Of course, this activity smells of opportunity for social commerce solution providers – Wildfire, with it’s Facebook group-buy app, has recently set up in the UK; the f-commerce specialist Milyoni (NBA, UFC, HBO, the ONION) opens up today in London though a JV with London-based Punktilio. And this week, a new one-stop-shop social commerce platform opens its doors in the UK – Gloople.
Gloople, from London agency Browser Creative, with the charismatic social media marketing expert Warren Knight, will offer Facebook store apps, group-buy apps, and social plumbing for online stores (prospectus download). See presentation below.
The Future is …Social Shopping – Social Media + Online Shopping
Internet Retailer now hails 2011 the year of social commerce in the UK, as does reporting in the UK’s Guardian newspaper whilst the Feb 2011 UK edition of Wired magazine runs with a cover story on social commerce. So welcome to London social commerce; we wish you a prosperous 2011.
Click here to read the original article by Paul Marsden from Social Commerce Today
UK-based startup, Gloople, is a social sharing e-commerce platform that provides small and medium size retailers the tools to reward customers with discounts for liking or sharing a product on their social networks. The comprehensive social discount module allows retailers to reward brand advocates with instant discounts, effectually leveraging a consumer’s influence on their respective social networks against the value of word-of-mouth marketing to brands.
Merchants get direct customer engagement plus residual hits from their online social communities, and further benefit from having social commerce tools and technologies grouped into one modular e-commerce platform.Swimsuit outfitter Cheeky Beach has seen an 18% increase in sales since incorporating the platform.
Take it from the founder of a health IT startup in Minnesota who believes he made the right decision when he backed out of joining a local incubator his company had been selected for after initially being very excited. In a few weeks, Rashaun Sourles, cofounder of Qualtrx will instead join Blueprint Health, a healthcare incubator in New York that is part of the Techstars Network. For those who don’t know,Techstars and YCombinator are two successful incubators that are seen as sort of setting the standard for how incubators should function.
Sourles’ experience of applying to incubators, getting rejected by them, being selected to and then bowing out of Project Skyway tech accelerator in Minneapolis and finally getting accepted to Blueprintmakes him a perfect candidate to dispense some advice on engaging with incubators.Based on his experience, there appears to be three mantras founders must live by:
Scrutinize term sheet endlessly
When Sourles got the news that his company Qualtrx — a healthcare social network that moves sales between vendors and hospital systems completely online — had been accepted to the Project Skyway accelerator, he was elated. So much so that he naively sent out the news via email to business associates and friends alike without seeing the actual terms, although he had previously asked to see them.
Wantworthy, an online fashion ‘wish list’ launched in 2010, created a platform that enables users to maintain lists of products they see online but aren’t readily able to purchase. Users can share these lists with friends for feedback and return to the original websites to make purchases. The NY-based start-up, a graduate of the NY TechStars summer 2011 accelerator program, recently raised $860,000. According to Xconomy, the company hopes to raise $1 million in total for the round.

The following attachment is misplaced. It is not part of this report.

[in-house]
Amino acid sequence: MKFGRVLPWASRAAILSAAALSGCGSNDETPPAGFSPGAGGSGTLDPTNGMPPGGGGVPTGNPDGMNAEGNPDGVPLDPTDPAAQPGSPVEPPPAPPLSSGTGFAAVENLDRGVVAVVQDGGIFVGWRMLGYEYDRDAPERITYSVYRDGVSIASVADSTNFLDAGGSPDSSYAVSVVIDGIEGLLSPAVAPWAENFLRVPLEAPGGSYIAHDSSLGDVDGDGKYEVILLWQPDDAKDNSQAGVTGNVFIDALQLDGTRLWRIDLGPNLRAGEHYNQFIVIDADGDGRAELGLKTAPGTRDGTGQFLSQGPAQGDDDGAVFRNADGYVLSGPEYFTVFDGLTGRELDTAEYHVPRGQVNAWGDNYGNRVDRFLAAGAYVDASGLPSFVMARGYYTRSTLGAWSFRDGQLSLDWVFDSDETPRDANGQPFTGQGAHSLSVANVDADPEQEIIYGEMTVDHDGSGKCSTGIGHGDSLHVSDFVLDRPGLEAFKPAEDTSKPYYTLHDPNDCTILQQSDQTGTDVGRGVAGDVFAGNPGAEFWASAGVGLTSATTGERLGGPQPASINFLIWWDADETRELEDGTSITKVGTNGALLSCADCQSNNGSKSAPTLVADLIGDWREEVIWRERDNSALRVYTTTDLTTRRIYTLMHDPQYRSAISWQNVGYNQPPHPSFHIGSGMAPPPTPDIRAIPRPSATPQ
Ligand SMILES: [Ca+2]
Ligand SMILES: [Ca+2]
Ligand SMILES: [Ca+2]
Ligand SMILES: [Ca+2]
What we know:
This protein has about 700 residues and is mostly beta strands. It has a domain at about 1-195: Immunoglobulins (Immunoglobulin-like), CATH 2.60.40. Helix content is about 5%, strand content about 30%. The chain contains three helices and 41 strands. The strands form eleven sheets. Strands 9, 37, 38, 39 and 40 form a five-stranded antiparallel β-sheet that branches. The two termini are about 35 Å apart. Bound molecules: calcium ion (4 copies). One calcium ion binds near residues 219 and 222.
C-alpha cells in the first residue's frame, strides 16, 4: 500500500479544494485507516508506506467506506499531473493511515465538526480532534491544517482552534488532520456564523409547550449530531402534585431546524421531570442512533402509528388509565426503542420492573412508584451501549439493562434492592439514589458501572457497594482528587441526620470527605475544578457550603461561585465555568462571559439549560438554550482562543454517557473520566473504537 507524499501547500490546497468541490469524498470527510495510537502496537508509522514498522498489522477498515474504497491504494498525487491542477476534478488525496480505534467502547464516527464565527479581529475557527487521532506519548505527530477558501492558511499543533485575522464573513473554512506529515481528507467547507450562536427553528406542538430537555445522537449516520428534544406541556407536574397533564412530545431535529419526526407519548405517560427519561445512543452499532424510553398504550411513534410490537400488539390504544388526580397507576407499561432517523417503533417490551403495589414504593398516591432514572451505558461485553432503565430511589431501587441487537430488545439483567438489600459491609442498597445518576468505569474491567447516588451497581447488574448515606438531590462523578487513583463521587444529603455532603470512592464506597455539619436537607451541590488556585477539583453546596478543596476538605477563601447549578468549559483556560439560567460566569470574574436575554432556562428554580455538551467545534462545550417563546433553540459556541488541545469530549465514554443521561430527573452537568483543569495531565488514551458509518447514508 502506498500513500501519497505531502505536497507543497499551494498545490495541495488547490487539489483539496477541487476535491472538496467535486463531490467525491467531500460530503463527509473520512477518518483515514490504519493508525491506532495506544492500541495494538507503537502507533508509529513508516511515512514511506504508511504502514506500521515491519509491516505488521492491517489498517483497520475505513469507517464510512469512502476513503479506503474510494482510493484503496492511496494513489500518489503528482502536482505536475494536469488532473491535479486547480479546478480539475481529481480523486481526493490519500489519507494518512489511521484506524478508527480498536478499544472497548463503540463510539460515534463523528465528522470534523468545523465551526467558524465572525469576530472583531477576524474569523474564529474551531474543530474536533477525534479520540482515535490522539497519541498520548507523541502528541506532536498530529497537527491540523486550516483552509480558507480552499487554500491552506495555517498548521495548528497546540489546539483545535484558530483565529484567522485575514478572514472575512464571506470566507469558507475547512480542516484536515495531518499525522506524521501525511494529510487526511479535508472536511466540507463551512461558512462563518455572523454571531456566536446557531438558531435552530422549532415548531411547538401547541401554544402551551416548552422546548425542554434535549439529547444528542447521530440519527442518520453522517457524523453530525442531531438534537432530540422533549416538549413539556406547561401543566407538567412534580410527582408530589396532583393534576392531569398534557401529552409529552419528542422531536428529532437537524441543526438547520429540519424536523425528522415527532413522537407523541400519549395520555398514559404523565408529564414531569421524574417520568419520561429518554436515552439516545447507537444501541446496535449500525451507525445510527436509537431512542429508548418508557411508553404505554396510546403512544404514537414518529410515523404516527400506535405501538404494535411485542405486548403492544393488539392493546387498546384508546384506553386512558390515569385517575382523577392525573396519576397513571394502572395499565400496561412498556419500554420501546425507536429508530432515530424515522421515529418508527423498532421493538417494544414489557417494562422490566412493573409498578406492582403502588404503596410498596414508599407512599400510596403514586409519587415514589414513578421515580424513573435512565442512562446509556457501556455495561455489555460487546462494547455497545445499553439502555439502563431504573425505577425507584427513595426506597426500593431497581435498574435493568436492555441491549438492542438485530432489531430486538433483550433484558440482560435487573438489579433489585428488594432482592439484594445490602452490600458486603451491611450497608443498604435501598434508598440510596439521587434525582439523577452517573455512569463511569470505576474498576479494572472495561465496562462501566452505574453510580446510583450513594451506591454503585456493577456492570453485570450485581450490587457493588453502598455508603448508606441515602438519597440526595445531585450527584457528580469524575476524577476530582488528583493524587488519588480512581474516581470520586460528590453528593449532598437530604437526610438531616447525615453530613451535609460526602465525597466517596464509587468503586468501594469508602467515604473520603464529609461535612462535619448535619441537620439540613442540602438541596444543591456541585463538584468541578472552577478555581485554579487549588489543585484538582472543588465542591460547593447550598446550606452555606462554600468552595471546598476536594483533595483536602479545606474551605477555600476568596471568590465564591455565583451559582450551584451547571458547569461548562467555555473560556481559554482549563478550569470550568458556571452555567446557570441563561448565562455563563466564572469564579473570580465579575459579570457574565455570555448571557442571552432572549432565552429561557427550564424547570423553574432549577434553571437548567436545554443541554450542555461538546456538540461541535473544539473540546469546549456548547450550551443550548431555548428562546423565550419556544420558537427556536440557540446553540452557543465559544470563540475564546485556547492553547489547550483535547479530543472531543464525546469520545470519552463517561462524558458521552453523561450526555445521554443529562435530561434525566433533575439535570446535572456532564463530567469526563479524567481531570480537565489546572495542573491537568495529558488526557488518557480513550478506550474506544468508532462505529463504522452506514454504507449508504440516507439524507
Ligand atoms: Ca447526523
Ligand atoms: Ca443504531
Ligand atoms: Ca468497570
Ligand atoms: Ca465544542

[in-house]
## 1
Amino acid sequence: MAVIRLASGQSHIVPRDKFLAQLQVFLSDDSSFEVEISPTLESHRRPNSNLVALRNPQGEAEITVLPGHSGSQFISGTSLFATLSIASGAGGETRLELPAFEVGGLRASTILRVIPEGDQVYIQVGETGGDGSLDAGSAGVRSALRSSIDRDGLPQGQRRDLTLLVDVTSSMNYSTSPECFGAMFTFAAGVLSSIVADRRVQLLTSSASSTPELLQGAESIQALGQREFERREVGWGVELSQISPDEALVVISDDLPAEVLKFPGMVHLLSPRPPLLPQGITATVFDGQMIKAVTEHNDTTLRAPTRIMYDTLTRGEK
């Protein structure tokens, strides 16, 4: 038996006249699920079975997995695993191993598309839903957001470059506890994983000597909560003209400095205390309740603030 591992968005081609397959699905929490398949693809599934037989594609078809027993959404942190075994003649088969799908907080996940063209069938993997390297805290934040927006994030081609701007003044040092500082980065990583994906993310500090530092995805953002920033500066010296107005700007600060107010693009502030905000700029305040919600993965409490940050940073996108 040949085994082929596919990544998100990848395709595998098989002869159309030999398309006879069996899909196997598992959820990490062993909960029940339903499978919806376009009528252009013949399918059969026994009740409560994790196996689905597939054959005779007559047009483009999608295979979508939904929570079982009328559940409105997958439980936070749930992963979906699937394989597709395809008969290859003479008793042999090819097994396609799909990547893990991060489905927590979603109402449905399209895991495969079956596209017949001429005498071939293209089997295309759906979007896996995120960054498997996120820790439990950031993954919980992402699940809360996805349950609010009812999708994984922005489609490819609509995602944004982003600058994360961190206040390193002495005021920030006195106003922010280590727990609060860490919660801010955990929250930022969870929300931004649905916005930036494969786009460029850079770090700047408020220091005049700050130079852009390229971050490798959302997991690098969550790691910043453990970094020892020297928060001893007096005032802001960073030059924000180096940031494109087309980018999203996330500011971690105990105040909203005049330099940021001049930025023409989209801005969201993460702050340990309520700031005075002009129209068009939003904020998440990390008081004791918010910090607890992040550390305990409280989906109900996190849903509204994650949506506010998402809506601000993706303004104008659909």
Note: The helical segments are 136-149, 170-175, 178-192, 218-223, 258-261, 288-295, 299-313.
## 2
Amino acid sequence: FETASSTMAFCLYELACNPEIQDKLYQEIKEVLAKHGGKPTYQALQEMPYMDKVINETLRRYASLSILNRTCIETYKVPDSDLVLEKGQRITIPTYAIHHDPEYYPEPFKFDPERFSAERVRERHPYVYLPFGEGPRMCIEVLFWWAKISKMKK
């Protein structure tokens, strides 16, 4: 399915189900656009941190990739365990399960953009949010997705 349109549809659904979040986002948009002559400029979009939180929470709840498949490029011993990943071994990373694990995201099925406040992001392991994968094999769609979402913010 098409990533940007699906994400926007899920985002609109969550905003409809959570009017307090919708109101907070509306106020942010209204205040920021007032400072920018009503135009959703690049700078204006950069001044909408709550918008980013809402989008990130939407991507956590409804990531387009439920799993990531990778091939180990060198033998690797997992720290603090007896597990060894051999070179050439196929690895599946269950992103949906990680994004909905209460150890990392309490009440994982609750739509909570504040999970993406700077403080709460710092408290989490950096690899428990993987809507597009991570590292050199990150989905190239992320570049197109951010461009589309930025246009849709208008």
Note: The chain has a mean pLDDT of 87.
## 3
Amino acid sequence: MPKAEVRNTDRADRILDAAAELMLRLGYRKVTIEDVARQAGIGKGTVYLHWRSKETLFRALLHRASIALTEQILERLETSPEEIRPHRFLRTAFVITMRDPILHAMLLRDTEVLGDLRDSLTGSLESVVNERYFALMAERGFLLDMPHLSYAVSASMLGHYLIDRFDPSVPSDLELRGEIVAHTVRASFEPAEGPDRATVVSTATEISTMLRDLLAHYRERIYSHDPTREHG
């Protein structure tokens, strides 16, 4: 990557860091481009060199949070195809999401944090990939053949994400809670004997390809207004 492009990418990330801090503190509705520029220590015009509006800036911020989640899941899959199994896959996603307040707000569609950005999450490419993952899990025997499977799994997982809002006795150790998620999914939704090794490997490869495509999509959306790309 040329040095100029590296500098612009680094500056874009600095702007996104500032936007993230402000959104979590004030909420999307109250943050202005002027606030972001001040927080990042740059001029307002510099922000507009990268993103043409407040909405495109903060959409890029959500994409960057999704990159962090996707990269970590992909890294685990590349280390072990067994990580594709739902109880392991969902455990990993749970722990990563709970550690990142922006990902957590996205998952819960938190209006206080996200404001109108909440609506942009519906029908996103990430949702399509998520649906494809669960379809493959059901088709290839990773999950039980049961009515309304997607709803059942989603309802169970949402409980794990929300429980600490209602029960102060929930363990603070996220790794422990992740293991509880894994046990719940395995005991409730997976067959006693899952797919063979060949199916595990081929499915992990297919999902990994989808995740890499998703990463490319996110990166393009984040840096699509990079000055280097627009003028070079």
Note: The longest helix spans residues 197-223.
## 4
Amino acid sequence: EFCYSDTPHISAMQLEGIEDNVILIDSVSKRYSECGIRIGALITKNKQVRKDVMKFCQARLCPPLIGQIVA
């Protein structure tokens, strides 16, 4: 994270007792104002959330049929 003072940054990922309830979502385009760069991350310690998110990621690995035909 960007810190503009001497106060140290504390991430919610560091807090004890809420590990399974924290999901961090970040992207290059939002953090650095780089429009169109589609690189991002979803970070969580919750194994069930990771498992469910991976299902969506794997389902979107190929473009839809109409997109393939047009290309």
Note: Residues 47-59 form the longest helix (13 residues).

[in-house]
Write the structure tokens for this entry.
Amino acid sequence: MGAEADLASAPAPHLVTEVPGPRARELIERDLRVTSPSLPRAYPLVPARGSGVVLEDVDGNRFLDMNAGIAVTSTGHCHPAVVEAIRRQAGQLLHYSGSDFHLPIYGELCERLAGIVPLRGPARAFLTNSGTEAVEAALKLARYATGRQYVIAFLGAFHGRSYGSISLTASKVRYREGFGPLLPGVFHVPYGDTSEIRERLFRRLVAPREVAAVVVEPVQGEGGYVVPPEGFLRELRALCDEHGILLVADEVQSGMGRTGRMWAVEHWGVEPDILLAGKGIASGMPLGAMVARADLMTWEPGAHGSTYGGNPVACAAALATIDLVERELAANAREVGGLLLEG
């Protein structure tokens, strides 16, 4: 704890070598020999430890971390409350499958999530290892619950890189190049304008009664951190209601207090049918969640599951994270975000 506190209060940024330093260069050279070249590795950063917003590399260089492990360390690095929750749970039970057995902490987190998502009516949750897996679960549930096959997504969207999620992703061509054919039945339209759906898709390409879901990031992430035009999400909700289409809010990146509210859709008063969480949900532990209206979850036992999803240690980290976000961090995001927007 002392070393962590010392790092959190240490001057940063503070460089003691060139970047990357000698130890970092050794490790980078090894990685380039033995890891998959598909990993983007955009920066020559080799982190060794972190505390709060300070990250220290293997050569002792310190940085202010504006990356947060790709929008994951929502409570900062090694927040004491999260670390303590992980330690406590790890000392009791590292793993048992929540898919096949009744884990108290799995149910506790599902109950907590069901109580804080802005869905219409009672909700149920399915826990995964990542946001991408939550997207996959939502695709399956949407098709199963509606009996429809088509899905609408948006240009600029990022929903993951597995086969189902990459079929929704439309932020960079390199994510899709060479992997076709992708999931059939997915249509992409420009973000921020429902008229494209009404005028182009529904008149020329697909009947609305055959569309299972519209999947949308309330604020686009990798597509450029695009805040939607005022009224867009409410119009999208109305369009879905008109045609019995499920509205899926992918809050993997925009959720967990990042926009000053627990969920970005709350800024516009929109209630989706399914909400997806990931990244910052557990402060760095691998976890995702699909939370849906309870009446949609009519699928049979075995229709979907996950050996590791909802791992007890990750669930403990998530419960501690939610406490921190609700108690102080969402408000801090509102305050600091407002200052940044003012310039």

Original post by Andrew Denham via Startups
The Bicycle Academy’s Andrew Denham explains how he raised £40,000 in five days – and shares his secrets for success
I raised £40,000 in five and a half days but, in truth, the campaign took me almost a year, as I courted what would become my customer base for 11 months prior to launching the actual crowdfunding pitch. Here’s a round-up of the most valuable lessons I learned…
Tell a compelling story that others can write along the way
When I first came up with the idea for The Bicycle Academy I didn’t really think of it as a business, it was just something that I wished existed. From the very beginning I painted quite an ambitious picture of what it might be, then I documented what I was doing, telling the story as I went along. Over time the project picked up more followers, many of whom got in touch to see how they could help. People liked what I was doing and wanted to be a part of it.
Do the legwork before you launch
The crowdfunding campaign was the last push after trying really hard to make sure that people knew about The Bicycle Academy. From the very start I wrote a project blog, kept Twitter and Facebook accounts and created teaser videos. You need to do as much as you can to get your message out there and then you need to keep on updating people. I made sure that there was a build up towards the first day of crowdfunding, so that potential backers knew how important their effort was and how exciting it would be if we succeeded.
Hit the ground running
Some projects try to crowdfund far too soon, with little or no build up. By the time they get publicity for their campaign, it’s likely that very few people will have already backed the project, so the people who would have otherwise been convinced think that they’re in the minority and don’t back it either. People’s opinion of any project will be based at least in part by how well it’s been received by others, so if a lot of time has gone by with little or no money raised, then it will be seen as a vote of no confidence. I can’t emphasise enough how important it is to do a lot of legwork beforehand, so you have a base of people ready and willing to back your project as soon as you launch.
Know your customer
The Bicycle Academy project was covered in papers, magazines and on the radio but, in particular, I ensured that the project was covered on most of the cycling websites and magazines in the UK. I knew this would be crucial. Getting mentioned on the right blog can have a far bigger effect than getting onto a nationally-recognised but otherwise irrelevant website. You need to focus your efforts to reach the people who are most likely to back your project.